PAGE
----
Home Top News PHL banks’ nonperforming loans likely past peak, Fitch says

PHL banks’ nonperforming loans likely past peak, Fitch says

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PHILIPPINE BANKS’ nonperforming loans (NPL) may have already peaked amid an improving operating environment and expectations of benchmark interest rate cuts in the near term, Fitch Ratings said on Thursday.

“We believe that NPLs have already peaked in the Philippines. We’re actually forecasting for the major banks, for the impaired loan ratios to fall flattish this year for some of them,” Fitch Ratings Head of South and Southeast Asia Banks Tania Gold said in a webinar.

Ms. Gold said this outlook is mainly due to the “economic environment and then ratios declining next year on the back of lower interest rates.”

Latest data from the Bangjo Sentral ng Pilipinas (BSP) showed that the banking industry’s gross NPL ratio rose to 3.57% in May from 3.45% in April. This was also its highest in 23 months or since the 3.6% ratio in June 2022.

Soured loans rose by 3.1% to P495.67 billion in May from P480.65 billion a month earlier. Year on year, it jumped by 13.7% from P436.12 billion.

“Certain segments of the loan portfolio do have higher NPL ratios, but overall, we think that they think that they’ve been trending down with strong credit growth,” Fitch Ratings Head of Asia-Pacific Banks Jonathan Cornish said.

Fitch Ratings last month revised its outlook on the Philippine banking sector to “improving” from “neutral.”

“We revised the banking sector outlook to ‘improving’ from ‘neutral’ quite recently. This is really on the back of higher-for-longer interest rates, which means margin and interest income should hold up for longer than we previously expected,” Ms. Gold said.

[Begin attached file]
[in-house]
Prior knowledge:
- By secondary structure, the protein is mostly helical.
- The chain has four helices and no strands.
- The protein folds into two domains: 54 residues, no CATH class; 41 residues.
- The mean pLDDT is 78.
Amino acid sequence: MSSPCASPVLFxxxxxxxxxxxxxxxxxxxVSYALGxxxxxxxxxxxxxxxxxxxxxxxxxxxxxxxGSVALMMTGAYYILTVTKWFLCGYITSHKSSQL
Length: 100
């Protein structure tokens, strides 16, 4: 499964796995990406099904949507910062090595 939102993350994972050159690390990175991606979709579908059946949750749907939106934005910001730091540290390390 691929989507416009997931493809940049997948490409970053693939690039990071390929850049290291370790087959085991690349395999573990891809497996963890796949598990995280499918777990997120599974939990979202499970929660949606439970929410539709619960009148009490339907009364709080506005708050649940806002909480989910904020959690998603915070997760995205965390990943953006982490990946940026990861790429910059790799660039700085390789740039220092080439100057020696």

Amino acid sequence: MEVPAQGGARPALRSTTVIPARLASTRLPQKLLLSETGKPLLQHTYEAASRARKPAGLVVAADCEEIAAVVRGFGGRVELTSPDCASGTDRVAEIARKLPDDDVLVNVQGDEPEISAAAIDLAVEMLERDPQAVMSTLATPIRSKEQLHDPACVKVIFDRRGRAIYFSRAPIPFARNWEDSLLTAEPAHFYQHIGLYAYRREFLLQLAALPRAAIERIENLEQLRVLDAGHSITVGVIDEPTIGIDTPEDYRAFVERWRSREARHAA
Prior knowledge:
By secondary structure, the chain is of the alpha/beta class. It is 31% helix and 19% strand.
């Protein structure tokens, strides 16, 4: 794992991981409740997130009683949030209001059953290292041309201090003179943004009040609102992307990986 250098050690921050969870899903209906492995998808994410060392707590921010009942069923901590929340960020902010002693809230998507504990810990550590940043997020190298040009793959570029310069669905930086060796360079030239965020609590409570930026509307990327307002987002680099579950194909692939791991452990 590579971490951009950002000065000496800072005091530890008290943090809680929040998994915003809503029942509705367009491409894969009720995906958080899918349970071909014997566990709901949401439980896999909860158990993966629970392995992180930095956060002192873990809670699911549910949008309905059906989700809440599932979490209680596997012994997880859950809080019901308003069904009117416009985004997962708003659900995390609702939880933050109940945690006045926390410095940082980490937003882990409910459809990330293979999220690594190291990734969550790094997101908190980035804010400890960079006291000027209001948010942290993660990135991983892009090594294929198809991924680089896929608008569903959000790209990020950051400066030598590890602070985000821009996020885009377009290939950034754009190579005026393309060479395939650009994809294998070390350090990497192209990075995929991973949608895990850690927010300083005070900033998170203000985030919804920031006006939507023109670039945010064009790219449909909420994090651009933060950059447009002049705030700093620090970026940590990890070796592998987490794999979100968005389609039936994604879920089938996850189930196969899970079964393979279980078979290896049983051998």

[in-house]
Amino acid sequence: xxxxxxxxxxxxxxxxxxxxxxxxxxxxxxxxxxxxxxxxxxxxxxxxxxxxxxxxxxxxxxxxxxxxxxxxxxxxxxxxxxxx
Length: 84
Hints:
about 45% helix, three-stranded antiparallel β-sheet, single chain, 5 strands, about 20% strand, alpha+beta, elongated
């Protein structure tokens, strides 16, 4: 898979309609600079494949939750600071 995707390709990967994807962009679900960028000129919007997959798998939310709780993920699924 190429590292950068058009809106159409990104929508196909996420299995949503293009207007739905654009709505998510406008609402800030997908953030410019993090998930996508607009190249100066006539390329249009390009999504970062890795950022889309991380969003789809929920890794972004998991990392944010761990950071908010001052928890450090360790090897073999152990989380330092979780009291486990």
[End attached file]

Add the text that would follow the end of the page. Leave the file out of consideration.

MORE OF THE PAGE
Fitch also sees high net interest margins (NIM) amid increased unsecured lending.

“There’s even further upside if BSP reduces the deposit reserve requirements. To put some color on this, when we put the ‘neutral’ outlook for 2024 in the banking sector late last year, we were expecting a 7-basis-point (bp) NIM contraction, we’re now expecting a 7-bp increase,” she added.

BSP Governor Eli M. Remolona, Jr. earlier said they want to reduce big banks’ reserve requirement ratio to 5% from the current 9.5%.

The government’s infrastructure thrust will also drive loan growth, Fitch said.

Latest data from the BSP showed that bank lending grew by 9.6% to P11.91 trillion as of end-April from P10.87 trillion a year ago, its fastest pace of growth in 12 months.

“We saw some high NPLs during COVID, even on the mortgage side, so we’re watching to see how these unsecured loans season. However, all our issuer default ratings in the Philippines are driven by government support rather than the standalone ratings,” Ms. Gold added. — Luisa Maria Jacinta C. Jocson

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